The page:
Several investigations have described the differentiation of MSCs towards the nucleus pulposus phenotype, although in many of these studies, only chondrogenic rather than specific NP cell markers were used. Recently, the availability of more specific markers has resulted in improved analysis of ‘IVD-like’ differentiation studies (Minogue et al. 2010a; Gantenbein-Ritter et al. 2011; Stoyanov et al. 2011). Tapp et al. (2008) described the differentiation of adipose-derived MSCs towards the AF phenotype, although few studies have been published concerning MSC differentiation towards this phenotype. An attractive approach in this context is the use of co-culture systems of disc cells in conjunction with MSCs (Strassburg et al. 2010; Watanabe et al. 2010). In all cases, the use of specific markers would enable more detailed characterisation of cell and tissue development. This also applies to tissue-engineering strategies involving cell-seeded scaffolds and hydrogels to support functional tissue formation (Grad et al. 2010; Peroglio et al. 2011).

In the context of these regenerative approaches, greater focus could be directed towards investigating the signalling pathways involved during the process of disc development. Particularly, Shh signalling is a key component during this process and has been shown recently to be involved in both NP and AF development (Dahia et al. 2009, 2011). Recent studies have investigated the Notch and Wnt/β-catenin pathways amongst NP cells and their effect on disc degeneration and regeneration (Hiyama et al. 2011a,b). Furthermore, the presence of resident stem cells within distinct niches of the IVD may also facilitate a method of disc regeneration through the process of cell recruitment and activation (Risbud et al. 2007; Henriksson et al. 2009; Blanco et al. 2010; Feng et al. 2010; Liu et al. 2011). The approach for disc regeneration may require it to be tailored to the affected tissue, although the question regarding the resident progenitor cell populations is whether they originate from the same source or are different sub-populations.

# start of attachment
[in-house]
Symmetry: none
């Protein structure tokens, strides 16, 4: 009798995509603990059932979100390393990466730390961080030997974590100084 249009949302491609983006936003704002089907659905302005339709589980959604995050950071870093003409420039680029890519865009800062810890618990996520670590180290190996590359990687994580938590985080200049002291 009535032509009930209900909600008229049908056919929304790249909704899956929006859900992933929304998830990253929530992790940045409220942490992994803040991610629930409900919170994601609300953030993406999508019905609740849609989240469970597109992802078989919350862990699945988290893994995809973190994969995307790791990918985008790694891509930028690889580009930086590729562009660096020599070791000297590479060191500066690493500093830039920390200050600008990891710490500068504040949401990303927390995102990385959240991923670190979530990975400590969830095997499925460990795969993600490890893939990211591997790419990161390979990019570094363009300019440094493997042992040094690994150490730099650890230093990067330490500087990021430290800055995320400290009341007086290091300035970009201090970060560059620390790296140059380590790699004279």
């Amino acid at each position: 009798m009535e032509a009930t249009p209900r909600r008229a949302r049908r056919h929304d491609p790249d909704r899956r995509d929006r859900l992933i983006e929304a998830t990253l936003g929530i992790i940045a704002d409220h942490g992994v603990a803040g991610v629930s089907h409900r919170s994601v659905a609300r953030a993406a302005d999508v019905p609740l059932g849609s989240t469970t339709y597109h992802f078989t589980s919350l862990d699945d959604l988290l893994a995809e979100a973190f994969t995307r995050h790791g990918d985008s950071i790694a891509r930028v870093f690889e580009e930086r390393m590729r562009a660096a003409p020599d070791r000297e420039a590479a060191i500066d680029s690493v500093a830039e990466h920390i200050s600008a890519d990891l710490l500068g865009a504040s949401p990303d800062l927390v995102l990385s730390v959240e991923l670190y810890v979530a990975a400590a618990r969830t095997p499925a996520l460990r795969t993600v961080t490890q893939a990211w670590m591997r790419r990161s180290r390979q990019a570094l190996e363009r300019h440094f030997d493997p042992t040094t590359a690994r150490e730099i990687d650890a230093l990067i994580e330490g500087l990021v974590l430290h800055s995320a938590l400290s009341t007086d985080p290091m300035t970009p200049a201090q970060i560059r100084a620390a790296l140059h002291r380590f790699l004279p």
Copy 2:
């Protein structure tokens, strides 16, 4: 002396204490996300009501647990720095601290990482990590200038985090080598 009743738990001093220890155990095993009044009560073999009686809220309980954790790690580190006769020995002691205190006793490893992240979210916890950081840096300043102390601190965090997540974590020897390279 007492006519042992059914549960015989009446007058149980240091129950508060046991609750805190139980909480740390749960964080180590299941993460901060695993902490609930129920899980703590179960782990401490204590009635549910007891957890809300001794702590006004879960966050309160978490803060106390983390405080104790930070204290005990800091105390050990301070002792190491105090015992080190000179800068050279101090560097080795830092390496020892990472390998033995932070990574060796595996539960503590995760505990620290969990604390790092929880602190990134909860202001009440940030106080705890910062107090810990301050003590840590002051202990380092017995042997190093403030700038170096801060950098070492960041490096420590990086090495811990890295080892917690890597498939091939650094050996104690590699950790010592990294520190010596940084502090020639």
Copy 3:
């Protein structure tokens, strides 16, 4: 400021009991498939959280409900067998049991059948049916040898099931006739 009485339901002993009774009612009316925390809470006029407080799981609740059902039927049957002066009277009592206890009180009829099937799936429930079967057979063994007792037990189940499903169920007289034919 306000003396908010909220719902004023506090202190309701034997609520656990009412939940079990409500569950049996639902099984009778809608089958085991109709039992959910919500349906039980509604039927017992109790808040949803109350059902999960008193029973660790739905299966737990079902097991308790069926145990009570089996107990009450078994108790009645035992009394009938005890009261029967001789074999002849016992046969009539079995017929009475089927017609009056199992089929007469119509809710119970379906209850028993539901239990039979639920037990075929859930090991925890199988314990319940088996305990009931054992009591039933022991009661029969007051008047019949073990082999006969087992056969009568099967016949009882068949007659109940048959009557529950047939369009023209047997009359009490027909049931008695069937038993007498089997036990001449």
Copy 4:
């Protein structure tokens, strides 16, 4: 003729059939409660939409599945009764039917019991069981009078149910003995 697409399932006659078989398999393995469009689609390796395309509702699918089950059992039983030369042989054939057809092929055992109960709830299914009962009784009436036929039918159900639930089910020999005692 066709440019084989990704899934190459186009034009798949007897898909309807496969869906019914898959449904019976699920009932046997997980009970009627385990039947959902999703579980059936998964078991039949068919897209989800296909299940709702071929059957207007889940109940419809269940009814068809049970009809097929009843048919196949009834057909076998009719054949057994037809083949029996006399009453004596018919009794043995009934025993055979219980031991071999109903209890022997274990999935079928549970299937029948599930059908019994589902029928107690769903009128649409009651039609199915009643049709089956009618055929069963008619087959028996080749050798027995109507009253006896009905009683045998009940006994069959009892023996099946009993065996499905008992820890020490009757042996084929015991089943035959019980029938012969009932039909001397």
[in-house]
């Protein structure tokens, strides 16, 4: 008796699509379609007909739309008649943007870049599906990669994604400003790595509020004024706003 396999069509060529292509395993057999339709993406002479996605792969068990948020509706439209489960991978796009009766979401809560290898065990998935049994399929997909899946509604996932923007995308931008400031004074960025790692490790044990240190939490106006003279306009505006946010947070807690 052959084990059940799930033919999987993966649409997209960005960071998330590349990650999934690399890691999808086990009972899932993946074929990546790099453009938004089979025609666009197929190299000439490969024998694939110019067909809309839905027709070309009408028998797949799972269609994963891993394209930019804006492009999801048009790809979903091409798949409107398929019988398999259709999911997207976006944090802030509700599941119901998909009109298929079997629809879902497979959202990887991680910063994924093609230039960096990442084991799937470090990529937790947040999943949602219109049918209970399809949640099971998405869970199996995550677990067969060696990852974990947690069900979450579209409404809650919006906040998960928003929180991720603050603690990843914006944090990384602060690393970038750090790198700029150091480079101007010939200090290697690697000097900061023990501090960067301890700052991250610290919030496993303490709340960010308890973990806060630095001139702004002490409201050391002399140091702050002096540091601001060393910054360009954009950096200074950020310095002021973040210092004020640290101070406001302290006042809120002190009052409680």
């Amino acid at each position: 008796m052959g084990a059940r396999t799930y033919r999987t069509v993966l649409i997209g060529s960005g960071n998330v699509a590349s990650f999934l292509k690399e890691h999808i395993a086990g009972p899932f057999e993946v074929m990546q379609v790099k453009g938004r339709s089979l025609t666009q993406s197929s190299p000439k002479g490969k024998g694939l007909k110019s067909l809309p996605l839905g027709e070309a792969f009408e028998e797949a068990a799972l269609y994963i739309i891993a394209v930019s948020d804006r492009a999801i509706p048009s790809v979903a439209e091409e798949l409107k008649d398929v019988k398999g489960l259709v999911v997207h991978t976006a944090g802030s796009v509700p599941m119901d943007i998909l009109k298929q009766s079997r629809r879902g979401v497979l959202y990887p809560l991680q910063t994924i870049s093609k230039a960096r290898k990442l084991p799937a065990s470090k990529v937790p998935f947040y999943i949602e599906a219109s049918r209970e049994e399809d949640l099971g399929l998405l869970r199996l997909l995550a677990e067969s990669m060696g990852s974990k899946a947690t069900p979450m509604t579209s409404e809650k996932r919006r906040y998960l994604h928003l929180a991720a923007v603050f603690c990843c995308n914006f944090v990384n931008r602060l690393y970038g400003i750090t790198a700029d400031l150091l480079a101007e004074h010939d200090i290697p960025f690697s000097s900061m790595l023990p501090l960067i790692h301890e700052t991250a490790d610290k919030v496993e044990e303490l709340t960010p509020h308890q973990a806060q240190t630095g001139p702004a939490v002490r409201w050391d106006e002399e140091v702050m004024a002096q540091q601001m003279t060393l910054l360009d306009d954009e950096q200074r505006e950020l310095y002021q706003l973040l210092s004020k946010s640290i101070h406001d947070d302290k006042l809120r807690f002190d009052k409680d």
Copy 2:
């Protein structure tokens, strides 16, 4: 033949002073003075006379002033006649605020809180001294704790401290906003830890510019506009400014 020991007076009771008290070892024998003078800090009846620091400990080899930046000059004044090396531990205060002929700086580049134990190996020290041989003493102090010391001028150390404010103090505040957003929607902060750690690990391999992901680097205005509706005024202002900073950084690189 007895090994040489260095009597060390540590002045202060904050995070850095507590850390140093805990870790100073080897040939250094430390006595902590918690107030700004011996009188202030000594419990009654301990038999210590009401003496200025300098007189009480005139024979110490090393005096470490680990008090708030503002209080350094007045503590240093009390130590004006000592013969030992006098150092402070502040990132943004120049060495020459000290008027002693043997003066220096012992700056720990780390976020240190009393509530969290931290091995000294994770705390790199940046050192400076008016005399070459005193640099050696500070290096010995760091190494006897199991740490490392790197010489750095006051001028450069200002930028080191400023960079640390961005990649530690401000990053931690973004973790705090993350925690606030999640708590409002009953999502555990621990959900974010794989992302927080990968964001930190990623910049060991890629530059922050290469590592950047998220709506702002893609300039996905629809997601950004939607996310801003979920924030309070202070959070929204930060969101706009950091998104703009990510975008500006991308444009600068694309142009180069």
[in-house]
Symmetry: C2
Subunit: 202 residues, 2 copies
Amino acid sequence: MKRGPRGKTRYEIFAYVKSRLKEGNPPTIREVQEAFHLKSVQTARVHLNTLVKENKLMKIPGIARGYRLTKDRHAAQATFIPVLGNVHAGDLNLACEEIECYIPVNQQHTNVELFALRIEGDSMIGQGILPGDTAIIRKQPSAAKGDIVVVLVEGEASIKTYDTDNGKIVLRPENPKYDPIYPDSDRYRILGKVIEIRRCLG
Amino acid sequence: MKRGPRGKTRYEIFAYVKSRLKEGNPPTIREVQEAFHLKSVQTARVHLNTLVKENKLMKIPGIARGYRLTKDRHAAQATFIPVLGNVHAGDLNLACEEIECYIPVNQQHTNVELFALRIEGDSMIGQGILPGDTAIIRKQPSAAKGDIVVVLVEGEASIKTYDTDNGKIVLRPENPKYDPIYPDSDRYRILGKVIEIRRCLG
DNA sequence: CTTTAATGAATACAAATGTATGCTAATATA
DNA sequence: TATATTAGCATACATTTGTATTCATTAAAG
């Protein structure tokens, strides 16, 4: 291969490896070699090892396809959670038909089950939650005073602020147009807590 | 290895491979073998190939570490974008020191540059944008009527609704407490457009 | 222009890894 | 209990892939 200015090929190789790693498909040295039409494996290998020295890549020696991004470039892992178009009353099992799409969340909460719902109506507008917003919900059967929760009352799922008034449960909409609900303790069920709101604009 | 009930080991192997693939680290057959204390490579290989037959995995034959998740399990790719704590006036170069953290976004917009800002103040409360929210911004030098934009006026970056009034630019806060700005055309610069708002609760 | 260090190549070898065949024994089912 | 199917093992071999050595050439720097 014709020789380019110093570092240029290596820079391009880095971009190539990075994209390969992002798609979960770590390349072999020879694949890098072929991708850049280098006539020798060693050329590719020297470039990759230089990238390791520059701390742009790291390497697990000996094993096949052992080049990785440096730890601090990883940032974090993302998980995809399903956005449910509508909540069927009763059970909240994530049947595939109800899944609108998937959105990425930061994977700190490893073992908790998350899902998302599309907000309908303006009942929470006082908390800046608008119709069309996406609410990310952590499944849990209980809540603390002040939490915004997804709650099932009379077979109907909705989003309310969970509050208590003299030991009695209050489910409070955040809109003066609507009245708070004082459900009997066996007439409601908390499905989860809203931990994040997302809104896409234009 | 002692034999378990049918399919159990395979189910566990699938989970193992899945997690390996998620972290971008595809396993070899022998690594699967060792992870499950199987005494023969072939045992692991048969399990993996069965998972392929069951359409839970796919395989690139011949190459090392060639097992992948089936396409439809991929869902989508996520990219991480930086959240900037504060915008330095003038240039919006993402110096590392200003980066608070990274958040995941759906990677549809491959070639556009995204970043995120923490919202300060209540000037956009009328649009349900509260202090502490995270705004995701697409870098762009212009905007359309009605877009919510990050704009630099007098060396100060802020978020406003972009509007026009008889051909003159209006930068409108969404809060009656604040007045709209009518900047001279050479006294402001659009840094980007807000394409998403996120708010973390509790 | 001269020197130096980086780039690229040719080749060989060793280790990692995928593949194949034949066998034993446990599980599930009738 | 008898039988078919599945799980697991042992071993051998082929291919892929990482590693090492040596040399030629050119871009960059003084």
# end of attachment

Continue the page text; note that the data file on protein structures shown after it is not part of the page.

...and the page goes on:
In conclusion, the disc contains a variety of cells with specific phenotypes and functions that enable the IVD to perform under various loading and biochemical conditions. Knowledge of the cellular phenotype enables us to understand the in vivo function and track progenitor cell differentiation towards a specific cell type in vitro. Novel cell-based regenerative and repair strategies will be more successful if the specific disc cell phenotypes and functions are taken into consideration.


The authors would like to gratefully acknowledge N.M. Goudsouzian and M. Bluvol for their assistance with histological preparations and P. Schmid for the preparation of the scheme of the intervertebral disc structure. Studies were partially supported by the Swiss National Science Foundation (SNF Grant #3320000-116818) and a Research Grant from the North American Spine Society (NASS).